Published in PC Hardware

Altera deal might bite Chipzilla

by on28 January 2016

Analyst warns

Technology analyst Ashraf Eassa is getting a little worried about Intel’s $16.7 billion Altera deal which he thinks could end up being a huge flop.

Eassa warned that when Intel first wrote the cheque it argued that transitioning Altera's existing stand-alone FPGA products to Intel's chip manufacturing technology, could improve Altera's competitive positioning in the market for such products. Intel could then take Altera's FPGA technology and integrating it into its server processors for significant performance/power gains.

But what worries Eassa is that Intel’s stand-alone FPGA claim that it can gain a manufacturing advantage over rival Xilinx which builds its FPGAs at contract chip manufacturer TSMC is looking shaky now.

Xilinx has beaten Altera to the punch by creating a 14/16-nanometer class stand-alone FPGA and started shipping samples in late 2015. Meanwhile Altera/Intel have not started sampling their own 14-nanometer FPGAs.

It is looking even bleaker now that Xilinx wants to skip TSMC's 10-nanometer technology and create its next high-end FPGA on TSMC's 7-nanometer technology. This should give Xilinx better transistor density than the Intel 10-nanometer technology that Altera's next high-end FPGA will be built on.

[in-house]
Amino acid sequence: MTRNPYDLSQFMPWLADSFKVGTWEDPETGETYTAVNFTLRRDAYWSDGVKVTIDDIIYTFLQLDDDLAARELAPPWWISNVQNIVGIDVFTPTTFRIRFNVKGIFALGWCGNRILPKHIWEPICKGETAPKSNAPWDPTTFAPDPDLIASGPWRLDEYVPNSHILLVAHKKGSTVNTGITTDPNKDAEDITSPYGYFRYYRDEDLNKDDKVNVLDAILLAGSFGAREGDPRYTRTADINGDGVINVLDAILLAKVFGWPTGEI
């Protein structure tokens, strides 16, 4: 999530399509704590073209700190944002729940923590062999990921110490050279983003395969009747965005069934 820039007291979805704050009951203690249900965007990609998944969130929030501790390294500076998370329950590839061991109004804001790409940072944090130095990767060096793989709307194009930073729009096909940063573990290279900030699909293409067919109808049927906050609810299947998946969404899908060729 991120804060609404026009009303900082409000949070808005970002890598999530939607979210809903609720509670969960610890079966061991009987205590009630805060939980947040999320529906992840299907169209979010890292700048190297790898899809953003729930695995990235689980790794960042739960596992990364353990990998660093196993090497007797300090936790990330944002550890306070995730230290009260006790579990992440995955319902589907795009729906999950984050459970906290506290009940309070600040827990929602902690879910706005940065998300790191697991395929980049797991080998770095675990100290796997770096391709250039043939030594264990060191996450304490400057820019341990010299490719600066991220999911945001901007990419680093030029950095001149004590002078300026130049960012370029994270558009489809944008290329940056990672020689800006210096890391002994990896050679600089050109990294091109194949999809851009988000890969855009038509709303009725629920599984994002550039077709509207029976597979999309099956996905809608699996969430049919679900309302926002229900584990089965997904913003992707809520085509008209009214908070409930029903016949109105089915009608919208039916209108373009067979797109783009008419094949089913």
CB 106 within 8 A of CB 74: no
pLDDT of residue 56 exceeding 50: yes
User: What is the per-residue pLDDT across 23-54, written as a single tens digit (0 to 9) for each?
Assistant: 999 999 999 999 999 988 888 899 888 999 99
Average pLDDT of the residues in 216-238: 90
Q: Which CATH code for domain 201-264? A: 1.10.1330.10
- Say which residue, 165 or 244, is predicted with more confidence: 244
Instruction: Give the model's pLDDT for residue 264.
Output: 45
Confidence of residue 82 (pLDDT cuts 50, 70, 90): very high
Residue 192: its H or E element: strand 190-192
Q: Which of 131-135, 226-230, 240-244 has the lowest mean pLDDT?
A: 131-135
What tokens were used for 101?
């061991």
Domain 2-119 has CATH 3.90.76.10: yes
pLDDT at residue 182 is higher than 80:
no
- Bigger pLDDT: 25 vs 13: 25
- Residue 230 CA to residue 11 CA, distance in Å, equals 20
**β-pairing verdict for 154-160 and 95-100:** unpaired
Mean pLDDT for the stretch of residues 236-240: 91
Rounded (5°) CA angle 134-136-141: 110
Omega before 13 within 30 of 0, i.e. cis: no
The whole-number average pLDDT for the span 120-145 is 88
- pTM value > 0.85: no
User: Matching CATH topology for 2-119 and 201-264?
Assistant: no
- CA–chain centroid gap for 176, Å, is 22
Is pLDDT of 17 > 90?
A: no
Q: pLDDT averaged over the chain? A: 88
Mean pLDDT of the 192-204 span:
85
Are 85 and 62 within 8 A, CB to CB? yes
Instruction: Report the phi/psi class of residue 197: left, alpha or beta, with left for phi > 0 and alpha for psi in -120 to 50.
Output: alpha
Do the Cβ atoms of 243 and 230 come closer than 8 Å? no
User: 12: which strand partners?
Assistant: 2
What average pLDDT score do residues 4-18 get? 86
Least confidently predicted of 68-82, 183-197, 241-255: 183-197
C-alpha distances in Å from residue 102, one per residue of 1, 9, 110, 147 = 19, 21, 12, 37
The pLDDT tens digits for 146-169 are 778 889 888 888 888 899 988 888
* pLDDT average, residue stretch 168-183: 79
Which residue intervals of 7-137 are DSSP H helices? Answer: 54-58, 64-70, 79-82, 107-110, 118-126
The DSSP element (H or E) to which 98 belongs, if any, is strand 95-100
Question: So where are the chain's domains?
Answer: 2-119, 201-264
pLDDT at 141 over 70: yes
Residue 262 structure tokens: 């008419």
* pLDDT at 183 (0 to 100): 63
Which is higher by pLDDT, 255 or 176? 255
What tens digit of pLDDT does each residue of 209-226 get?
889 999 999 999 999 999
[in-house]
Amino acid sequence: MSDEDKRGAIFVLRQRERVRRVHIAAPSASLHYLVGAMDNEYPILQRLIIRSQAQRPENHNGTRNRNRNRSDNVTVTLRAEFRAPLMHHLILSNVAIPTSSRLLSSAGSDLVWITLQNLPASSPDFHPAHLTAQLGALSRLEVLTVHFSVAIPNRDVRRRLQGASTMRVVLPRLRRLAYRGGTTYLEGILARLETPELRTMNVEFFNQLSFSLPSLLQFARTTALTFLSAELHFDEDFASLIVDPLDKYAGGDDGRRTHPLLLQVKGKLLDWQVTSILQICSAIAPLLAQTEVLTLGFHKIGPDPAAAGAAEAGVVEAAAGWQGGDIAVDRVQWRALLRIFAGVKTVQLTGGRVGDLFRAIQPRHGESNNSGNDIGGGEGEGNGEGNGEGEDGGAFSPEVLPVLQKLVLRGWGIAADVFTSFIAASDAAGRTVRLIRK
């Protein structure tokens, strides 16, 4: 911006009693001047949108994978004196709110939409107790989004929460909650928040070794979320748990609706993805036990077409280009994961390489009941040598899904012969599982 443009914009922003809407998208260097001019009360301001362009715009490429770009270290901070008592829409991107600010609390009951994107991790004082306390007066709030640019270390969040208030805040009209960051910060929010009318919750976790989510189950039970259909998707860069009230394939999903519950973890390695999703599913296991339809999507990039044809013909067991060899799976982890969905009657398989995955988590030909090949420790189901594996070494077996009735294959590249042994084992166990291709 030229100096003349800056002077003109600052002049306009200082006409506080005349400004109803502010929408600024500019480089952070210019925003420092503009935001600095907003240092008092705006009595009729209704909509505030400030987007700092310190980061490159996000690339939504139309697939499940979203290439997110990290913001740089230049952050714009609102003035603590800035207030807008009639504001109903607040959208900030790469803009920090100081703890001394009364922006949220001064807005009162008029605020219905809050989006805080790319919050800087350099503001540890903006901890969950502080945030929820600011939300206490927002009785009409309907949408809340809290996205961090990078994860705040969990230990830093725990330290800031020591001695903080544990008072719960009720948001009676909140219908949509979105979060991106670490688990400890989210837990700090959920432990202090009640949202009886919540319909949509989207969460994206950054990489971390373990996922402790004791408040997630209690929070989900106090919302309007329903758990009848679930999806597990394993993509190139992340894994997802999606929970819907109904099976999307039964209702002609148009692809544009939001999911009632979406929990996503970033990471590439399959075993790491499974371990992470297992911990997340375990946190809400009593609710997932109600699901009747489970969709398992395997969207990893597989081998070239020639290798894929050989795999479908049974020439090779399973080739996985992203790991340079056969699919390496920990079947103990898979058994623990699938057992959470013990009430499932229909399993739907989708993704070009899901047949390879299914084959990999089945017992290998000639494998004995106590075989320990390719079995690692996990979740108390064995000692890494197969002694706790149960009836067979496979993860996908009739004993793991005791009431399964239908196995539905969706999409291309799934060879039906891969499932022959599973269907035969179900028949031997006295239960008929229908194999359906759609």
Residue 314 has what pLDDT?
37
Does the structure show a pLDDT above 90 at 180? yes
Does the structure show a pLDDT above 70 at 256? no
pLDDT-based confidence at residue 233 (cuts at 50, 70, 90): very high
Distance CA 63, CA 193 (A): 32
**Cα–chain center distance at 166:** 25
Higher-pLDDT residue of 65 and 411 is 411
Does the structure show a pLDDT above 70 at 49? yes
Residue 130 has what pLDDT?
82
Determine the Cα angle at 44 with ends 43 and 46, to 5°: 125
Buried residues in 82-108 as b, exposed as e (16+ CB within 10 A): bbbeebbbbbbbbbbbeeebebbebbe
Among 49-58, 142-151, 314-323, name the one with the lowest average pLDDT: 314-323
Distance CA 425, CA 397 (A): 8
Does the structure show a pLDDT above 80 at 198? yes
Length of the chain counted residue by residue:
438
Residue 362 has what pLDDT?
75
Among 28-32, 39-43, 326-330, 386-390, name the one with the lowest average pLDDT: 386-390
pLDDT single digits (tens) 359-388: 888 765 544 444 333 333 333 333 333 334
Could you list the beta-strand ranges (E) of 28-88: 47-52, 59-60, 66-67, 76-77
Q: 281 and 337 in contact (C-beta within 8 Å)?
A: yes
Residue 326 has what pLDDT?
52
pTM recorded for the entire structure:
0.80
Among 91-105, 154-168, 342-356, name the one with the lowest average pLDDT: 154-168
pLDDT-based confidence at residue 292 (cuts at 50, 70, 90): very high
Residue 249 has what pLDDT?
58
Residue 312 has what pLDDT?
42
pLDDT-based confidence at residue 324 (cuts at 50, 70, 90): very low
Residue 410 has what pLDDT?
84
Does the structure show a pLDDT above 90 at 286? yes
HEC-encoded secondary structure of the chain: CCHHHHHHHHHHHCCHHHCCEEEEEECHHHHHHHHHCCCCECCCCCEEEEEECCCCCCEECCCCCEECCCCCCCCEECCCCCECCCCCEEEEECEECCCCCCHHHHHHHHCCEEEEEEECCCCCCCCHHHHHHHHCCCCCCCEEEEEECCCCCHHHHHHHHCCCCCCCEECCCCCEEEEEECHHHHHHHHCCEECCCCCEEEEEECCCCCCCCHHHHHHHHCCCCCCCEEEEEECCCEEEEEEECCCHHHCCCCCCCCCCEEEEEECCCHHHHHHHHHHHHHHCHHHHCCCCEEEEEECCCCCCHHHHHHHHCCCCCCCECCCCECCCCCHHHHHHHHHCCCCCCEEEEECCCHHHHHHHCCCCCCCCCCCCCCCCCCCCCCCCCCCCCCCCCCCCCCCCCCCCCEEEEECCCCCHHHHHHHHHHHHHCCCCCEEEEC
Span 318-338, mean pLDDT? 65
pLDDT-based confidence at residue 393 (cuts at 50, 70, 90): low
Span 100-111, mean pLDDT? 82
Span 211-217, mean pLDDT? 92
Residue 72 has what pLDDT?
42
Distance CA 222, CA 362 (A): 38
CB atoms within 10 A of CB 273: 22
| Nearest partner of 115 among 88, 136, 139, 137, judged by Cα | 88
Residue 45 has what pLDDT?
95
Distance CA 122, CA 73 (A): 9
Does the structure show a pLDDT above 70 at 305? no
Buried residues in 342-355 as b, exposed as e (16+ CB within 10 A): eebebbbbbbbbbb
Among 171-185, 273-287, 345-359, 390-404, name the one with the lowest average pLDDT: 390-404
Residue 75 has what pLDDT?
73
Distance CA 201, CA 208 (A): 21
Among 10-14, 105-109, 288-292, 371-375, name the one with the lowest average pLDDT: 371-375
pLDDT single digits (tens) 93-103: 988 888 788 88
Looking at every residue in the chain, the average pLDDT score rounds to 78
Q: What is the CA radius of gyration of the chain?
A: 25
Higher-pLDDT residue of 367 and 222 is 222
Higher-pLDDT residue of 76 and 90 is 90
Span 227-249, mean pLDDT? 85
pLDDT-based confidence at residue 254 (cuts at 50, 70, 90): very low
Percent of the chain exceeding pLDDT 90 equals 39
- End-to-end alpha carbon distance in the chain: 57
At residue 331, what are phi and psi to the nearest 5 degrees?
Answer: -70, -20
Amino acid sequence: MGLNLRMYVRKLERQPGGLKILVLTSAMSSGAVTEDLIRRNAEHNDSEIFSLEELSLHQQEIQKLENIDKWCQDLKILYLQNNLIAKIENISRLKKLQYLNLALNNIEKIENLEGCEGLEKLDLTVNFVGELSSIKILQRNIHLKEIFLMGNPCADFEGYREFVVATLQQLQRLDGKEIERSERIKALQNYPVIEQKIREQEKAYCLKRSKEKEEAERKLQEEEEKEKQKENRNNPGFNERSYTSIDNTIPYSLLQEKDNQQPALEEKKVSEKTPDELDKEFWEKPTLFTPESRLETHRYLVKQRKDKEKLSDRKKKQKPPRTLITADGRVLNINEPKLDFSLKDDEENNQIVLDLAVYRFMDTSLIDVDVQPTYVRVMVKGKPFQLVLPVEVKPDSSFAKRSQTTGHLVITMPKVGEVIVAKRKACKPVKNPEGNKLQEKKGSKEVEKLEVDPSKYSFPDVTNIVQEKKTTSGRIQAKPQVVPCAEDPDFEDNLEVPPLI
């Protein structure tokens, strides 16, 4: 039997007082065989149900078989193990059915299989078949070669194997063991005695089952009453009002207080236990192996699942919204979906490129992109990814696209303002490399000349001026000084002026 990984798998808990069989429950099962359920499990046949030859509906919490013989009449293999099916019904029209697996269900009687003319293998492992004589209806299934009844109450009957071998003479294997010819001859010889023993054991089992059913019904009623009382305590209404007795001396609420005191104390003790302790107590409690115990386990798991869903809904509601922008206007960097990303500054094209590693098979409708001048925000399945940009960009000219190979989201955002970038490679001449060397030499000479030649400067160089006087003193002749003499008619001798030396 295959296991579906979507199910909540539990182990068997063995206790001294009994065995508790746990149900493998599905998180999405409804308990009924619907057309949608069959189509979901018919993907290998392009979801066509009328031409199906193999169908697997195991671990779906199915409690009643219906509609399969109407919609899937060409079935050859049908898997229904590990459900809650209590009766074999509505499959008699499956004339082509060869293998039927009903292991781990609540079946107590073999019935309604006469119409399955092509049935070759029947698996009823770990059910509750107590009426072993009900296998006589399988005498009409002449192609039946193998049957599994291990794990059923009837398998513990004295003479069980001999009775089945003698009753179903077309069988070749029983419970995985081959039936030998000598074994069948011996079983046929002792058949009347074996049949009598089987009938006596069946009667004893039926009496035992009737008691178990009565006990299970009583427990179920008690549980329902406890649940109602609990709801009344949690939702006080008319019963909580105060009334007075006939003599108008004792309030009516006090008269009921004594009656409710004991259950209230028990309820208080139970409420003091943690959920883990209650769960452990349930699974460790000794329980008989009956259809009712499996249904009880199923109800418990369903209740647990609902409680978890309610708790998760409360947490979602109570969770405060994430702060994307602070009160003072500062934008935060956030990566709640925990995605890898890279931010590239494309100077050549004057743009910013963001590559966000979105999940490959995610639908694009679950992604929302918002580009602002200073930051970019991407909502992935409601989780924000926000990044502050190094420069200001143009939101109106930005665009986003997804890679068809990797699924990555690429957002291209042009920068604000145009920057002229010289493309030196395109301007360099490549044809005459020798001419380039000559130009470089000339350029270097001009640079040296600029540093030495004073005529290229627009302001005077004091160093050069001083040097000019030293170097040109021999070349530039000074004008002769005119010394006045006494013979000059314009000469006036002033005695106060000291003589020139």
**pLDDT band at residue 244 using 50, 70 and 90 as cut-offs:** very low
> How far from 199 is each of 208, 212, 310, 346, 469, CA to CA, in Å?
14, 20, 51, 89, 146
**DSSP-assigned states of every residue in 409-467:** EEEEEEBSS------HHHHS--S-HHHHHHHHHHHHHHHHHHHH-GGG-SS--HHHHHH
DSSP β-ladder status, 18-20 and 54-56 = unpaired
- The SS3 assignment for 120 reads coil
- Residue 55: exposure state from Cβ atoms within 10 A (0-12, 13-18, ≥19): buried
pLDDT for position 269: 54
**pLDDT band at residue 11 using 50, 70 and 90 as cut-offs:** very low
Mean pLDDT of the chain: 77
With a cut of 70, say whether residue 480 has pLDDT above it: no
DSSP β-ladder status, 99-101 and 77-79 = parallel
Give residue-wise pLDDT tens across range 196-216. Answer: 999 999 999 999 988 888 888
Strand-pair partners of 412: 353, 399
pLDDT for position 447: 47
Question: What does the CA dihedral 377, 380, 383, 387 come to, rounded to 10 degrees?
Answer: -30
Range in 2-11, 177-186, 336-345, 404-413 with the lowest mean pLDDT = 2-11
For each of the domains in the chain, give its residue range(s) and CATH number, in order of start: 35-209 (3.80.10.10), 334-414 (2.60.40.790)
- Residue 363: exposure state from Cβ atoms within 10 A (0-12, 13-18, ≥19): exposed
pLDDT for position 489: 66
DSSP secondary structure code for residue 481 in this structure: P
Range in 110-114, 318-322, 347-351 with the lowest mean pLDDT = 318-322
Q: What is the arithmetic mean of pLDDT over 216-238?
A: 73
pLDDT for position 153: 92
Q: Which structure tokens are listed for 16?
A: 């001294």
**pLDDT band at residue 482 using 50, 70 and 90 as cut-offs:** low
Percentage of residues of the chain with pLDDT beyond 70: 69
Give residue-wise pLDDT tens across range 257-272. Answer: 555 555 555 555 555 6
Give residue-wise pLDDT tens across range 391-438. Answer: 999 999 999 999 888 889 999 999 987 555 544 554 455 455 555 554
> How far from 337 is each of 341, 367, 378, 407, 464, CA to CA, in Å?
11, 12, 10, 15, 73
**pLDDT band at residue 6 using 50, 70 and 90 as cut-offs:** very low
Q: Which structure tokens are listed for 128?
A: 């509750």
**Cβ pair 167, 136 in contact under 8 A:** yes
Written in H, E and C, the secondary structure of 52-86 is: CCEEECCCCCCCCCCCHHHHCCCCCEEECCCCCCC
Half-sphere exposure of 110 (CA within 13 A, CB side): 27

In fact it is looking like Chipzilla is making the same mistake it did in 2010 when it bought the struggling wireless division of Infineon in a move which should have made it a major player in the market for cellular modems and system-on-chip designs.

Chipzilla planned to build Infineon Wireless modems on its in-house chip manufacturing technology, integrated onto the same piece of silicon as the company's low-power Atom processors.
It only managed to do that by moving its Atom processors to TSMC's older 28-nanometer chip manufacturing technology. It is late with its plans to put out an integrated Atom and modem on its 14-nanometer technology.

Eassa makes the point that history is repeating and Intel/Altera have yet to ship the first 14-nanometer FPGAs for revenue. Intel CEO Brian Krzanich will only say that Intel is still working on its roadmap for when it integrates the full IP into its silicon

But Intel's previous track record of integrating major third-party technologies into its own chips is pretty rubbish he said and this deal could start to look a bit shaky.

Last modified on 28 January 2016
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